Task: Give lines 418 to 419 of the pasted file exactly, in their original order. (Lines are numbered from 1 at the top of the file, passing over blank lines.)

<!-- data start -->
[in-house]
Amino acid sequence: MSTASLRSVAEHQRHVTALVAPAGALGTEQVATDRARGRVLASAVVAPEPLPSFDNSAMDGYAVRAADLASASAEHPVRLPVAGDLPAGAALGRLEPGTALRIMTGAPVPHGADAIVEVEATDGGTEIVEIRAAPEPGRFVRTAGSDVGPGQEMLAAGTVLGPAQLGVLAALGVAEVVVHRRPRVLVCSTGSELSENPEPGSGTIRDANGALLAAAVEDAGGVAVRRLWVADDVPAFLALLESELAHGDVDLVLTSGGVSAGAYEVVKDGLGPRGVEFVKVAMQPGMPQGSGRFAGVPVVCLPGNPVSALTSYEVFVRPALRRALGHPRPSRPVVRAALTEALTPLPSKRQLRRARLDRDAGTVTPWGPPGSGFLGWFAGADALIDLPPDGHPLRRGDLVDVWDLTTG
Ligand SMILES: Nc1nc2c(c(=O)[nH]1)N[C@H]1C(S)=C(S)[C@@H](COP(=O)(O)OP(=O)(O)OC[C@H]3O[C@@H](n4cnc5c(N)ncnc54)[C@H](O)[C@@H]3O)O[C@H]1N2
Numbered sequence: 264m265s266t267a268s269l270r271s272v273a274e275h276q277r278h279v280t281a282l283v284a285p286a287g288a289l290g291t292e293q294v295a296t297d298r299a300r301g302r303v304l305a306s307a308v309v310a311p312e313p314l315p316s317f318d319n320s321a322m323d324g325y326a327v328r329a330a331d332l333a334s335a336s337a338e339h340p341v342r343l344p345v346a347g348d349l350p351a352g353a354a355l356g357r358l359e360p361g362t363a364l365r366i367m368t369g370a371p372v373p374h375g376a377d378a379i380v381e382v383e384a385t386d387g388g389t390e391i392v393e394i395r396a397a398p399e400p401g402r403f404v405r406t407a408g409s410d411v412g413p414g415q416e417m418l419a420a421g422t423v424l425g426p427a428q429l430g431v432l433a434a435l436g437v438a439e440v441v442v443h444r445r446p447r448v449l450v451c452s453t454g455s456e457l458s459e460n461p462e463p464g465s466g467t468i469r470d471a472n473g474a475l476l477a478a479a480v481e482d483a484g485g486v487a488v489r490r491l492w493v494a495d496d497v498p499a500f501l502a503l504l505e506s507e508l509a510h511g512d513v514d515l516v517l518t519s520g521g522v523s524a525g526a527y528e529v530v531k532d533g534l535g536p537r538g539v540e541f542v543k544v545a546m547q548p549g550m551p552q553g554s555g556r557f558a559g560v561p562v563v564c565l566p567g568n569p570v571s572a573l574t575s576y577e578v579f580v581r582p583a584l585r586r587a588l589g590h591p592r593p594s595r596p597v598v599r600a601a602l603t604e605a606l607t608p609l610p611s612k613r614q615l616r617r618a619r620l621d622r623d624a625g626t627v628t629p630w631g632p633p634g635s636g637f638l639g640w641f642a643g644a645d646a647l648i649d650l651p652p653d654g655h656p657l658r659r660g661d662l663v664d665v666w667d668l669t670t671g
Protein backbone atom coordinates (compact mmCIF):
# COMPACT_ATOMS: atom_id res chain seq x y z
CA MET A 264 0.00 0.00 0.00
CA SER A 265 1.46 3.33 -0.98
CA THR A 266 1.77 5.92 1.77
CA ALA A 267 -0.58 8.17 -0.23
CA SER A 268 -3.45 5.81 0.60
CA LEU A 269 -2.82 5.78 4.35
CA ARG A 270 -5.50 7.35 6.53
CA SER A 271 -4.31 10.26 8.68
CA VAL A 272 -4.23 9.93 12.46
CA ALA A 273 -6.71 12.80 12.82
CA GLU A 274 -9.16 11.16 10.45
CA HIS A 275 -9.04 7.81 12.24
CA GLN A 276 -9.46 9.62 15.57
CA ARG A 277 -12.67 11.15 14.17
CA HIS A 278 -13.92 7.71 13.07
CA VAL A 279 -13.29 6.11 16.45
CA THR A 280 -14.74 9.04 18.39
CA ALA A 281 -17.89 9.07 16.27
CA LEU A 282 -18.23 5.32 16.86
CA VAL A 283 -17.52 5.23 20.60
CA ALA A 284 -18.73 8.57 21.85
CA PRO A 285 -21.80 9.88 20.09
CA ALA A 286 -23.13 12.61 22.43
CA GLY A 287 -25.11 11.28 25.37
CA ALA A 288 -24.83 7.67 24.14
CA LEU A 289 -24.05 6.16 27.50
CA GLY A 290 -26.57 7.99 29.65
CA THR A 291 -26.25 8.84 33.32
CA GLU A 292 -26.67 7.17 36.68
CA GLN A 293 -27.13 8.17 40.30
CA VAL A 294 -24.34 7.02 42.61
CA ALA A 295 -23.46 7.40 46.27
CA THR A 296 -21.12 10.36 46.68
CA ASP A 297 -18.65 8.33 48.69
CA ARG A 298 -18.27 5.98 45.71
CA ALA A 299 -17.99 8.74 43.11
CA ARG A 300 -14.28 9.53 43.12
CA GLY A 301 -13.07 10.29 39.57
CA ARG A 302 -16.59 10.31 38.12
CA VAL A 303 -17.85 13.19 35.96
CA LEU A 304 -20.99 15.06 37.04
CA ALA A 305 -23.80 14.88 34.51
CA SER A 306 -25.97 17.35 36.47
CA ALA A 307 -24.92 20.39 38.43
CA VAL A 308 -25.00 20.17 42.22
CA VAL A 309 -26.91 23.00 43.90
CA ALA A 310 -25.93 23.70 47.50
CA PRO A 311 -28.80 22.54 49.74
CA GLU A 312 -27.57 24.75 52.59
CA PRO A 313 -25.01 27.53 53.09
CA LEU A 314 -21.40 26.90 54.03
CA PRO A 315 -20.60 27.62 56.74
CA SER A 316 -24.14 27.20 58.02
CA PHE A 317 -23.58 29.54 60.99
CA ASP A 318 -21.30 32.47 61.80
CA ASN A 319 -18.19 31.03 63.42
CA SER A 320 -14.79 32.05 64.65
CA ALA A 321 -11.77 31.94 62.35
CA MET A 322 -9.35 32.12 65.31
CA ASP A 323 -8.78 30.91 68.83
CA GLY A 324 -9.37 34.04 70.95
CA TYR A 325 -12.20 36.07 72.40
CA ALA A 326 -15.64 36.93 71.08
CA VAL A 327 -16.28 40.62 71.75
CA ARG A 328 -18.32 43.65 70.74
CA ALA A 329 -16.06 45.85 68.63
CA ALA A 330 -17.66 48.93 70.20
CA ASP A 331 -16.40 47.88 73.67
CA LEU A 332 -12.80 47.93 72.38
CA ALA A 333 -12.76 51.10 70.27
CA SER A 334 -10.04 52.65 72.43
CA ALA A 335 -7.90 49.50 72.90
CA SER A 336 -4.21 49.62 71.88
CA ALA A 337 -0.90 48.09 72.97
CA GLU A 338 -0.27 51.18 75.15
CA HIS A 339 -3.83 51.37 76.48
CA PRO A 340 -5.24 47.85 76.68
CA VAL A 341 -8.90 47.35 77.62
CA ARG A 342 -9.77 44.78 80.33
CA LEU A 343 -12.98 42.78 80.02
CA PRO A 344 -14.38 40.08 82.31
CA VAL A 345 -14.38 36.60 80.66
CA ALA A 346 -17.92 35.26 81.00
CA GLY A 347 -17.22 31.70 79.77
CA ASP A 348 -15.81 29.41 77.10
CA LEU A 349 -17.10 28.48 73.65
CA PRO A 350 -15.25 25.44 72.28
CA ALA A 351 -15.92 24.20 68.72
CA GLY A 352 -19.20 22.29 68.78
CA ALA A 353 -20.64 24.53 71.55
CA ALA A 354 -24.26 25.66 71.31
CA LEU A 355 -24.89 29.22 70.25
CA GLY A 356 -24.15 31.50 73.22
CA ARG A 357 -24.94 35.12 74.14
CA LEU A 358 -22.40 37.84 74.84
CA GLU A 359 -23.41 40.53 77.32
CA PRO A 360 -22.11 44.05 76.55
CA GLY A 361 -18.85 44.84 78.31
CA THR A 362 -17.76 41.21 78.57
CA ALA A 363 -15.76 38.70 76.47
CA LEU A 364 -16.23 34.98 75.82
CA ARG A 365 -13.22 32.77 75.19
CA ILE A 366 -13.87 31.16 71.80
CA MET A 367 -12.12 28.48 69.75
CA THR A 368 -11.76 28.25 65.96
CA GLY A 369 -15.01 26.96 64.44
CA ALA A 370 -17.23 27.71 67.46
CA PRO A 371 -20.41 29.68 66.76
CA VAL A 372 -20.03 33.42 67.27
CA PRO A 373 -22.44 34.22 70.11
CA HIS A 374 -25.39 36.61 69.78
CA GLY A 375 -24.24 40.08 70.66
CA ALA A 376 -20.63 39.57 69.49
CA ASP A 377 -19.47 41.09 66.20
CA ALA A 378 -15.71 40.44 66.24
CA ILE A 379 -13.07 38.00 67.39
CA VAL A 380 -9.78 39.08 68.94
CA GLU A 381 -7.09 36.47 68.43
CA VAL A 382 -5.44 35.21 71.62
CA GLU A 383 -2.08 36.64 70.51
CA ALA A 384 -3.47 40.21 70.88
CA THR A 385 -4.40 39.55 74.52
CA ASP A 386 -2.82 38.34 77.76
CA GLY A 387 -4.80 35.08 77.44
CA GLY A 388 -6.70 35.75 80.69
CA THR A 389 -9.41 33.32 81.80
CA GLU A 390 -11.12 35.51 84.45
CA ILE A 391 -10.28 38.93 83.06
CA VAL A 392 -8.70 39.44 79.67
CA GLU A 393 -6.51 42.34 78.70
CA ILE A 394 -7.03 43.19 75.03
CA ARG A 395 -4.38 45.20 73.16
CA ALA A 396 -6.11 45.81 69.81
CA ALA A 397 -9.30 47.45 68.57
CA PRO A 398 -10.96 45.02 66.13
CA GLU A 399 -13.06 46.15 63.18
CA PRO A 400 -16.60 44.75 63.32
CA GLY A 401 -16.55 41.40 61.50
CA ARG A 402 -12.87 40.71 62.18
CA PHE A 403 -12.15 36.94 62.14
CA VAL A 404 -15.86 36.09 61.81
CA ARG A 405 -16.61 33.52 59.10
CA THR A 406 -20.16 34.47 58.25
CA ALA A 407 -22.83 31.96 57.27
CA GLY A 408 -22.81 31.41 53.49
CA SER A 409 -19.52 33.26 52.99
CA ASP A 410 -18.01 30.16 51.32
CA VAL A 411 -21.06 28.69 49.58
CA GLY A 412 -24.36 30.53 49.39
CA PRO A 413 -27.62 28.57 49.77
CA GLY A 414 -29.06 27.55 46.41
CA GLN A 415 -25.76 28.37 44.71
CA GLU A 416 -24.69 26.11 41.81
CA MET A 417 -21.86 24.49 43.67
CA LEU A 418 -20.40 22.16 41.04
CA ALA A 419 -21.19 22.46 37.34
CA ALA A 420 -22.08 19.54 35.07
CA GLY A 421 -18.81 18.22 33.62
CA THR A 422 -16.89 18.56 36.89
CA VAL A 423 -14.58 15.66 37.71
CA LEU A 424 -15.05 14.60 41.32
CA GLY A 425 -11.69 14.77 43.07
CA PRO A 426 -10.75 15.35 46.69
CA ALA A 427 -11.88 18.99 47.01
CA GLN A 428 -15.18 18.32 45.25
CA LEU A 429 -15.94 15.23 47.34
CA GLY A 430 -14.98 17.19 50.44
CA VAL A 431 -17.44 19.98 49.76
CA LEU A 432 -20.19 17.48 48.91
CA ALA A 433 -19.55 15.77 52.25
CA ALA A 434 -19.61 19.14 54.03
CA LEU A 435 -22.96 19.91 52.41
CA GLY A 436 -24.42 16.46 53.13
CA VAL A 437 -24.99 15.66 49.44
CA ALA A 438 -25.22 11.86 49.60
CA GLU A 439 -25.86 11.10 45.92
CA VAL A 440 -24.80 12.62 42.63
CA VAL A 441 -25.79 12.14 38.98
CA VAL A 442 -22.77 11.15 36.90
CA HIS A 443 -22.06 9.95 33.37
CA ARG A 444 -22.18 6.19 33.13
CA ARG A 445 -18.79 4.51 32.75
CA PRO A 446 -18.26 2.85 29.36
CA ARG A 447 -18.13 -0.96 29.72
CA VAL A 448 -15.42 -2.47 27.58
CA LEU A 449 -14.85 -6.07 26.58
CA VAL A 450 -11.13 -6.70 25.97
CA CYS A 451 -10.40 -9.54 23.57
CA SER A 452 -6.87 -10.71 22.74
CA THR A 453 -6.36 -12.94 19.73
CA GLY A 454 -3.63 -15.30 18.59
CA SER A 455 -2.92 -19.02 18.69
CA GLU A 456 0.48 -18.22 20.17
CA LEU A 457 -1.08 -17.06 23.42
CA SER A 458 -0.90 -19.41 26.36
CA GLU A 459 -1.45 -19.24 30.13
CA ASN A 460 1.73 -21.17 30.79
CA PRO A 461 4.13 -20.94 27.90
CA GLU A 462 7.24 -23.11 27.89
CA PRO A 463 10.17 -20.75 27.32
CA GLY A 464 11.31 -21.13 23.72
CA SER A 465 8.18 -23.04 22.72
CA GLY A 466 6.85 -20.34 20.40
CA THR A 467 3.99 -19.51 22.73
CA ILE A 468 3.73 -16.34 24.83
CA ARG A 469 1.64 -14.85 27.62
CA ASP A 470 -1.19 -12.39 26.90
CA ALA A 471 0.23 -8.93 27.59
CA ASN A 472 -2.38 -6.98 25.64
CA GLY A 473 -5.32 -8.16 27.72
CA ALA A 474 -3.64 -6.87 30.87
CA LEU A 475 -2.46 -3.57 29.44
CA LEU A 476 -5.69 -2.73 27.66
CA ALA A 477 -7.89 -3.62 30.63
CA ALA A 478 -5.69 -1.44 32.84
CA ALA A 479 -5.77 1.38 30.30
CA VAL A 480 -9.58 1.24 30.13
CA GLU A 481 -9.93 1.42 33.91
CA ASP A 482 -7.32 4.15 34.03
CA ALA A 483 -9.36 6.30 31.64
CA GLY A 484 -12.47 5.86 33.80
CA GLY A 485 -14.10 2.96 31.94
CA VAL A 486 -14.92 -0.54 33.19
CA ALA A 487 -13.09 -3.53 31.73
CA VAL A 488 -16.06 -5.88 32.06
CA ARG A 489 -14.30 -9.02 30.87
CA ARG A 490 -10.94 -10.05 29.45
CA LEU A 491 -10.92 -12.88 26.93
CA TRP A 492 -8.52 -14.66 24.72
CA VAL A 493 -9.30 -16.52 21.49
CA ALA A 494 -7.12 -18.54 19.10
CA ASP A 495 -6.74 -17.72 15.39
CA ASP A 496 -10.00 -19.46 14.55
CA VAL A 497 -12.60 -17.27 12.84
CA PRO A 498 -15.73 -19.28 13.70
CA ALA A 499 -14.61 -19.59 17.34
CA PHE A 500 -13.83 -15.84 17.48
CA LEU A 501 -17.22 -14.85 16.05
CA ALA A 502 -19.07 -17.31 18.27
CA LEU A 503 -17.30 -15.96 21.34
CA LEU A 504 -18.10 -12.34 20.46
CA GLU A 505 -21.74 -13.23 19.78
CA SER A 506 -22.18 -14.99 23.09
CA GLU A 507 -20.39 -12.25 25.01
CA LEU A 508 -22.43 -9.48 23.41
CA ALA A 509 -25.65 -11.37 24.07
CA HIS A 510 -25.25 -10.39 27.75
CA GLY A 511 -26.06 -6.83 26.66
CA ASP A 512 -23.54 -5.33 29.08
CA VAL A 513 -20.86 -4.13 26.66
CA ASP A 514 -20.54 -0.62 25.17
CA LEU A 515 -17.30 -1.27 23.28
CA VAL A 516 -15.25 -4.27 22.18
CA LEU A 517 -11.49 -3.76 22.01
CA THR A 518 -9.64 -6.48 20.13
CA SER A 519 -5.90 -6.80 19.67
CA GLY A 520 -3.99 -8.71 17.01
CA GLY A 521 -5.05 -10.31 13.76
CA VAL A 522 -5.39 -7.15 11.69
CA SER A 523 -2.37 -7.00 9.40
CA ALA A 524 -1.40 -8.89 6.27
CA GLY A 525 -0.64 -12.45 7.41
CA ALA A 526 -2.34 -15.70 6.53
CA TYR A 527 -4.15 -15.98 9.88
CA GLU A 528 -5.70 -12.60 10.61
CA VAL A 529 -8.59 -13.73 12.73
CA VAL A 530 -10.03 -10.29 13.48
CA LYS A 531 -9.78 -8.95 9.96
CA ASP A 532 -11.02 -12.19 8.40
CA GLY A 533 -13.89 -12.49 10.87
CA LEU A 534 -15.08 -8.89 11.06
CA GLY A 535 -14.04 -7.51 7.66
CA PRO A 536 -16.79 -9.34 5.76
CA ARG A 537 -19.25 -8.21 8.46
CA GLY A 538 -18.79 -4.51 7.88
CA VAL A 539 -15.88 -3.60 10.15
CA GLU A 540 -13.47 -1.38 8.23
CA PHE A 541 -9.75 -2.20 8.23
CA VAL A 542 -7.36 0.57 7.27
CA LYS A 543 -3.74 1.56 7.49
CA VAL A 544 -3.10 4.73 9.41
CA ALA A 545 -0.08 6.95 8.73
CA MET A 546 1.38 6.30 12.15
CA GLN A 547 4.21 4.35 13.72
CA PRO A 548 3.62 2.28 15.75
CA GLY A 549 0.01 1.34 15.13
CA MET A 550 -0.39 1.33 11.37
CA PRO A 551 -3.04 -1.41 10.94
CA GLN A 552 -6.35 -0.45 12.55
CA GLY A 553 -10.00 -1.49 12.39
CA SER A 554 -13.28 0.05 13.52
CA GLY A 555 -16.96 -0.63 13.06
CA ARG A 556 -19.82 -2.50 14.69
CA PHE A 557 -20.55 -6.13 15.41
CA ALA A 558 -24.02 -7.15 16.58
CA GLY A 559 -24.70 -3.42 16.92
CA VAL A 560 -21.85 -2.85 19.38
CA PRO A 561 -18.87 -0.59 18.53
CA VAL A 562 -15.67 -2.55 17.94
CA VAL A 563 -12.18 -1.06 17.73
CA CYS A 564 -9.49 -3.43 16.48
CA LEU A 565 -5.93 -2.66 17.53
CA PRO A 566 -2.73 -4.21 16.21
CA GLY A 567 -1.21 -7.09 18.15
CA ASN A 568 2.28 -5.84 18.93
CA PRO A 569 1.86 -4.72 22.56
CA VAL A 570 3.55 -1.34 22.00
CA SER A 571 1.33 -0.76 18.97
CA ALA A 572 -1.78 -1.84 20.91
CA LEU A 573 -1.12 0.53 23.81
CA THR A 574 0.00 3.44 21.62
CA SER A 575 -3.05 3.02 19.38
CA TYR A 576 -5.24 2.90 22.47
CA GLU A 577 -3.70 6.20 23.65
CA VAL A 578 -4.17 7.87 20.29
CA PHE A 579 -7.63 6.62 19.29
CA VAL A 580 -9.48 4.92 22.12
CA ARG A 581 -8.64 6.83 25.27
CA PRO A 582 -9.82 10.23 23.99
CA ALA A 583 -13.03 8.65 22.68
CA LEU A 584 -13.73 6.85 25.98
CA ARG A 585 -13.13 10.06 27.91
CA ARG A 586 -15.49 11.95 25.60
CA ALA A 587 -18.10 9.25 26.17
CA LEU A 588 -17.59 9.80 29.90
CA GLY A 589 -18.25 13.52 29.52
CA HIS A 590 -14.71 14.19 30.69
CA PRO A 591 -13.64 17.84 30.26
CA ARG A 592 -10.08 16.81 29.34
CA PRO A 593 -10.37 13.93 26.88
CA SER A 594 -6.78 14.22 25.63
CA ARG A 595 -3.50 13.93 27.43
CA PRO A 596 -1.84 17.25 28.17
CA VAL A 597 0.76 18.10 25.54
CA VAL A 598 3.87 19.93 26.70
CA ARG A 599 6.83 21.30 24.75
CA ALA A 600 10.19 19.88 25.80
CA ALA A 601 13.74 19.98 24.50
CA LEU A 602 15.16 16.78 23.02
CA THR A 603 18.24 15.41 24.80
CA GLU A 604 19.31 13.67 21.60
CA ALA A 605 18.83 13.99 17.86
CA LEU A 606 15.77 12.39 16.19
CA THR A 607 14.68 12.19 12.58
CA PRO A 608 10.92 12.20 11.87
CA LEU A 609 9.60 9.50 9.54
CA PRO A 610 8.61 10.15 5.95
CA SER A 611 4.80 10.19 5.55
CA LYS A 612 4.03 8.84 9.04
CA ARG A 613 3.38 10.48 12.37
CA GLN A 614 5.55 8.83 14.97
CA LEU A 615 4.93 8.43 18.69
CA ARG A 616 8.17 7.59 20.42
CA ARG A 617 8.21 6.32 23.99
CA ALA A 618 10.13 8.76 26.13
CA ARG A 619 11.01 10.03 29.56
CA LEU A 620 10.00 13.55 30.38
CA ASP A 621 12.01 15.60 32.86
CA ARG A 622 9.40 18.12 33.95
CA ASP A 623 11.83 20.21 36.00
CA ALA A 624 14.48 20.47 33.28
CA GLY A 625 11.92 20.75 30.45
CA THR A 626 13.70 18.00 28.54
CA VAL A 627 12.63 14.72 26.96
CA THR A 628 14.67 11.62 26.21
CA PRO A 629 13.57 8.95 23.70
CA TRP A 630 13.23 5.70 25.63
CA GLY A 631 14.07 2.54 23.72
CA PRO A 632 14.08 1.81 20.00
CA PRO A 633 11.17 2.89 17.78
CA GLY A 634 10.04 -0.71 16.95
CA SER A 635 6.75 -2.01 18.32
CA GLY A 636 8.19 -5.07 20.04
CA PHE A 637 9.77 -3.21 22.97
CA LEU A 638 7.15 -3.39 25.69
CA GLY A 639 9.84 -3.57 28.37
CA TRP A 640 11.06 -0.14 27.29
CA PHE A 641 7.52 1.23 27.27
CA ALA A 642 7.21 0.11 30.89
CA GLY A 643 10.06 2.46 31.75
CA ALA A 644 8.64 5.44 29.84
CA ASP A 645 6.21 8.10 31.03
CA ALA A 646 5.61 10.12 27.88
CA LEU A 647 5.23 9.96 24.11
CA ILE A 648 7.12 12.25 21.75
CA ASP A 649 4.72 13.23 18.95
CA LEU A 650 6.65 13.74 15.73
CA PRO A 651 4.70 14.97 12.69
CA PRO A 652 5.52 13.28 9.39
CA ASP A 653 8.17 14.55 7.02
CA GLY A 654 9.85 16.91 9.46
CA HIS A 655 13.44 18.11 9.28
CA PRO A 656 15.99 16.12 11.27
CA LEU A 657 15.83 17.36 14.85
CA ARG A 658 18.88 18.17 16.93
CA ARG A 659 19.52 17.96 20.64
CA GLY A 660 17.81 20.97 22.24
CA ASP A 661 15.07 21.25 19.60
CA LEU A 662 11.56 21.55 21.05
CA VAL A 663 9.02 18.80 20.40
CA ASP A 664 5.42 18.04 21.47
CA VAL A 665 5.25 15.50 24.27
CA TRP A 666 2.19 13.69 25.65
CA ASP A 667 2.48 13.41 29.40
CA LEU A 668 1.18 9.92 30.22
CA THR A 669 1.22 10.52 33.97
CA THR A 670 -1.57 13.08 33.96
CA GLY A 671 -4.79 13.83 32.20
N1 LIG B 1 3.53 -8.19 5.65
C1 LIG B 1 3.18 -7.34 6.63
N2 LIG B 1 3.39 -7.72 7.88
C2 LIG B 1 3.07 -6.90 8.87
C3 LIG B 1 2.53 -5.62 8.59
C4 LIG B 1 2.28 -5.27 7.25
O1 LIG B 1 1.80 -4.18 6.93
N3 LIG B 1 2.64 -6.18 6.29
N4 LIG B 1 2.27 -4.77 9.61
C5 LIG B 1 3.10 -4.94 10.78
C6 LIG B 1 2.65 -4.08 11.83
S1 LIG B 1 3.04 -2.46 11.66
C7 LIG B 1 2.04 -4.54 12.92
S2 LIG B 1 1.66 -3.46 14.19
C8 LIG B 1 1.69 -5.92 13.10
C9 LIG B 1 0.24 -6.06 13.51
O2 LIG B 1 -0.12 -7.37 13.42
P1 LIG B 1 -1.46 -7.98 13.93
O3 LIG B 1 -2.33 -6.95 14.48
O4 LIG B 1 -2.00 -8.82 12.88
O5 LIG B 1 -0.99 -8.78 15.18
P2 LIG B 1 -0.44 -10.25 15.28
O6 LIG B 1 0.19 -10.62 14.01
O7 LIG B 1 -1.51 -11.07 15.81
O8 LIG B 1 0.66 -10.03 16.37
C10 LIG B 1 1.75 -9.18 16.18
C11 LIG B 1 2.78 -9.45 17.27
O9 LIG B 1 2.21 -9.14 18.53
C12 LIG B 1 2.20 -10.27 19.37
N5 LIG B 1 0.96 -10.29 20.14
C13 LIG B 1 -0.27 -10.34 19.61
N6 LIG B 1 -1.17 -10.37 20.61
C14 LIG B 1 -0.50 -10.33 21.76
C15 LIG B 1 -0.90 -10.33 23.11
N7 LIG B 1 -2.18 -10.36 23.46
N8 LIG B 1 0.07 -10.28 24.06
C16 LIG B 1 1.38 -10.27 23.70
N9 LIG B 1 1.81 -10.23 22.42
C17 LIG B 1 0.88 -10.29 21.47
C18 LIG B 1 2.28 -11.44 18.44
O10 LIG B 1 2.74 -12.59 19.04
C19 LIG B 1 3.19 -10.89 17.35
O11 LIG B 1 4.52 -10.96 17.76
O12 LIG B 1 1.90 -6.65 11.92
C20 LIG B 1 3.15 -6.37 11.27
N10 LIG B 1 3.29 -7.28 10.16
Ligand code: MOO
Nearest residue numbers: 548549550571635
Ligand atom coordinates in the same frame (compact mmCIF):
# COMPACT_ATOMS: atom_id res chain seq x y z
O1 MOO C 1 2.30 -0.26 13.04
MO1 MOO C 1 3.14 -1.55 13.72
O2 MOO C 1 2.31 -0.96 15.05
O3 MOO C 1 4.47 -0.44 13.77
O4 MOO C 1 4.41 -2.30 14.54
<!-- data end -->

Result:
C2 LIG B 1 3.07 -6.90 8.87
C3 LIG B 1 2.53 -5.62 8.59